Volume 1, Issue 1 - July 2006
Table of Contents
Welcome to the new AEN Journal
Ruth DeSouza and Andy Williamson
The AEN Journal is a place for smart and creative thinking. Somewhere to raise issues and challenge assumptions. Above all, we hope it becomes a voice for the key thinkers in our ethnic sector and a source of knowledge not only for the sector but for the wider community as well. Knowledge and awareness can break down barriers.
Joris de Bres
In response to the desecration of the Jewish section of Makara Cemetry, Parliament passed a unanimous resolution condemning anti-Semitism and all forms or racial discrimination, and over 200 community representatives came together at a forum in the Beehive to discuss what could be done to counter intolerance and to strengthen cultural diversity. What emerged was a programme of ten key steps and ten key actors to strengthen cultural diversity.
Tariana Turia MP
The opportunity to write a piece for the first ever issue of the Aotearoa Ethnic Network Journal was an honour that I simply couldn’t resist. As tangata whenua it is our responsibility – and our privilege – to extend the hand of welcome to all communities and peoples who have come to Aotearoa.
The Israel – Palestine Problem: The perspective of a New Zealand Progressive Jew
Whenever Muslims and Jews meet there is a proverbial “elephant in the room” – a big issue that occupies a tremendous amount of mental space that everyone is too scared to mention. Although we frequently discuss this issue internally with members of our own group, it is so divisive and seemingly intractable that we are afraid to bring it out into the open.
The Israel – Palestine Problem: The perspective of a New Zealand Muslim
Religious teachings can be misused and misconstrued by extremists to exacerbate a situation. Ultimately, religion has been used by both sides in this conflict to garner support for political conflict. Religious difference as a cause for hate is nothing new yet there is nothing within the Jewish or Muslim faiths that preclude them from living side by side.
Representing Ethnic Communities in the Media
Andy Williamson and Ruth DeSouza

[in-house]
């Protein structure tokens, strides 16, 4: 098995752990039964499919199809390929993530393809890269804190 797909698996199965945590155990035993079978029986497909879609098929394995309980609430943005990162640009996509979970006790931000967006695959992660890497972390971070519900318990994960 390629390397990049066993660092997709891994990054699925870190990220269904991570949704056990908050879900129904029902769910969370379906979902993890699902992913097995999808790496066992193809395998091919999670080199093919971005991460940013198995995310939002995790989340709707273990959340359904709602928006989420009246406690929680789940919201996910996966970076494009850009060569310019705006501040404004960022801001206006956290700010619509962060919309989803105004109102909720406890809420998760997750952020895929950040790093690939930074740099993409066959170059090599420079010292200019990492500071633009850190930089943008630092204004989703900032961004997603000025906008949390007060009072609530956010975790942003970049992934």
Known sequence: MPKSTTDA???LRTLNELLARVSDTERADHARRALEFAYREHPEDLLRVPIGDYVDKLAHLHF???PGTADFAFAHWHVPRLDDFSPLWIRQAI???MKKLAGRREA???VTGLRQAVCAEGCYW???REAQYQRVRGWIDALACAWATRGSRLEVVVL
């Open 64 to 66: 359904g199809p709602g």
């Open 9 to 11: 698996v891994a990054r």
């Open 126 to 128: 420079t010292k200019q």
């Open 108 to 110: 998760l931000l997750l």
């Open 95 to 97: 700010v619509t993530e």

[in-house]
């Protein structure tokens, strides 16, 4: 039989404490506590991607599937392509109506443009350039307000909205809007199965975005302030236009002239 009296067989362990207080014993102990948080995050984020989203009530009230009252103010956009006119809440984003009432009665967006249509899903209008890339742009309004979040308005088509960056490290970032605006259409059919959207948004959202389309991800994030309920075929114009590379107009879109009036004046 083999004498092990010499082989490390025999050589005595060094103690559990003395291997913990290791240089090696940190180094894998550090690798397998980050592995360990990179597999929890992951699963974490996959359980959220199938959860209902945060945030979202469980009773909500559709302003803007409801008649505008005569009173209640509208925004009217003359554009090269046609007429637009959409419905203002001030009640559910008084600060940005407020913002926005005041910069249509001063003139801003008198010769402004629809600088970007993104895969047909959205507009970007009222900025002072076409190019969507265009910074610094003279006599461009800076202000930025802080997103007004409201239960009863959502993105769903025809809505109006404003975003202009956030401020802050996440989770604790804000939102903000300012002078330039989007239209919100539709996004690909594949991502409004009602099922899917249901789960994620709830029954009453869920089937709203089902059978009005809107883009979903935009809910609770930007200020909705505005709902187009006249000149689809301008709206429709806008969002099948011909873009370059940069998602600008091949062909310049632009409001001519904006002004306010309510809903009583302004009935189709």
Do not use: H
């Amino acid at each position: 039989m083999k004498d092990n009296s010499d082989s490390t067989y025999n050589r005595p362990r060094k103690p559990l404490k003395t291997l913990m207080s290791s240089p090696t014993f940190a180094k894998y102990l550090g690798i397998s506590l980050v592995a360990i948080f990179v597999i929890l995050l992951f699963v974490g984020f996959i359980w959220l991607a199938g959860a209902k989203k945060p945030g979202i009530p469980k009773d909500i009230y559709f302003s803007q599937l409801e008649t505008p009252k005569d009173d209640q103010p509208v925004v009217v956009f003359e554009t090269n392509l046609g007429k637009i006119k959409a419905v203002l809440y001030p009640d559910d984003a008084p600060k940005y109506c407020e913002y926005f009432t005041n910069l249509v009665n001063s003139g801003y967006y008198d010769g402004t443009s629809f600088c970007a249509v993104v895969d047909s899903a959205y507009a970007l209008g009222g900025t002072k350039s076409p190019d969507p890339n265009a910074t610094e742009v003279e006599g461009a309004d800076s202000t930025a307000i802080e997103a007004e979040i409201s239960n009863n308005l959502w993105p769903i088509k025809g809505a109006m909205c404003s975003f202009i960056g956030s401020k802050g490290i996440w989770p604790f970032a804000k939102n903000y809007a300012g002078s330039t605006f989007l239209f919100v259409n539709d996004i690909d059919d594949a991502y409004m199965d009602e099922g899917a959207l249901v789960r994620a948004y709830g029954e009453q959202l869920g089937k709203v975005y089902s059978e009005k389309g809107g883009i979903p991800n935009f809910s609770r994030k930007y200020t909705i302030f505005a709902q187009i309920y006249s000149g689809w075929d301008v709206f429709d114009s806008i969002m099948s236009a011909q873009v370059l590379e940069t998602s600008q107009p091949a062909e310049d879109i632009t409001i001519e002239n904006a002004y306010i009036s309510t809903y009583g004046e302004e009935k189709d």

Does ethnicity matter in the media? If so, when and what is the role of ethnic and mainstream media in promoting the good news as well as the bad news about migrants and refugees? The results of an AEN quick-survey suggest that mainstream media is a key cross-over point for inter-cultural exchange and a primary vehicle for promoting inter-cultural awareness and understanding.
Stigma, racism and power
Does the biomedical model of mental illness – at least its narrow interpretation – promote racism in mental health services? Suman Fernando explores the connections between stigma and racism and how they impact on the provision of mental health services.
Amy R. West
The concept of asylum goes back thousands of years, yet today’s asylum seekers are seen as a serious threat to national security. America’s War on Terror has resulted in new policies that further marginalise and exclude the politically and socially displaced of this world. Are new patterns of immigration law reform creating a world without refuge?
Multiculturalism in New Zealand – the need for a new paradigm
We are no longer so naïve as to think we can simply bring people from all parts of the world together and expect them to integrate or adapt to each other. Multiculturalism is a complex issue with potential for both disaster and opportunity. Is it time to revisit our approach to diversity?
Cultural diversity and context
The “browning of New Zealand” and the extent to which our society is becoming ethnically and culturally diverse were brought into sharp focus at the 5th Annual Child Law conference held in Auckland recently.
Should we be pushing for a Ministry of Asian Affairs, a Ministry of Ethnic Affairs, or neither? A ‘Socratic’ ‘dialogue’ between two ‘Asians’
Tze Ming Mok and Kumanan Rasanathan
Does New Zealand need a Ministry of Ethnic Affairs? Or, as the size of our ‘Asian’ population continues to increase, a Ministry of Asian Affairs? Who cares? Asians? Policy makers? Self-proclaimed Pointy-Headed Ethnicity Geeks, Tze Ming Mok and Kumanan Rasanathan trade ever more complex acronyms to explore the opportunities and contradictions that surround this issue. What does it might mean personally and in terms of policy development?
Pasifika Hip Hop Poetry Doing the Healing
Rev. Mua Strickson-Pua aka REV MC
Talofa lava tena koe my name is Mua Strickson-Pua I am an Aotearoa born Samoan Chinese. Grandfather of Jane Filemu [6 years old] of Ngati Raukawa English Niuean Samoan descent where as cousins Che’den Sofi [3 years old] and Dremayer Liberty [10 months] are both of Samoan Chinese English descent. These mokopunas’ highlight for me the global reality within our Aiga/whanau. I am constantly humbled and blessed by their perceptions of the world around them. Yet challenged how to contribute to their life journey. Please explore five of my poems that attempt to give insight to what it means to be me but just as important what it means to be us manuia le Malaga blessings on your journey.
Aotearoa Ethnic Network Journal
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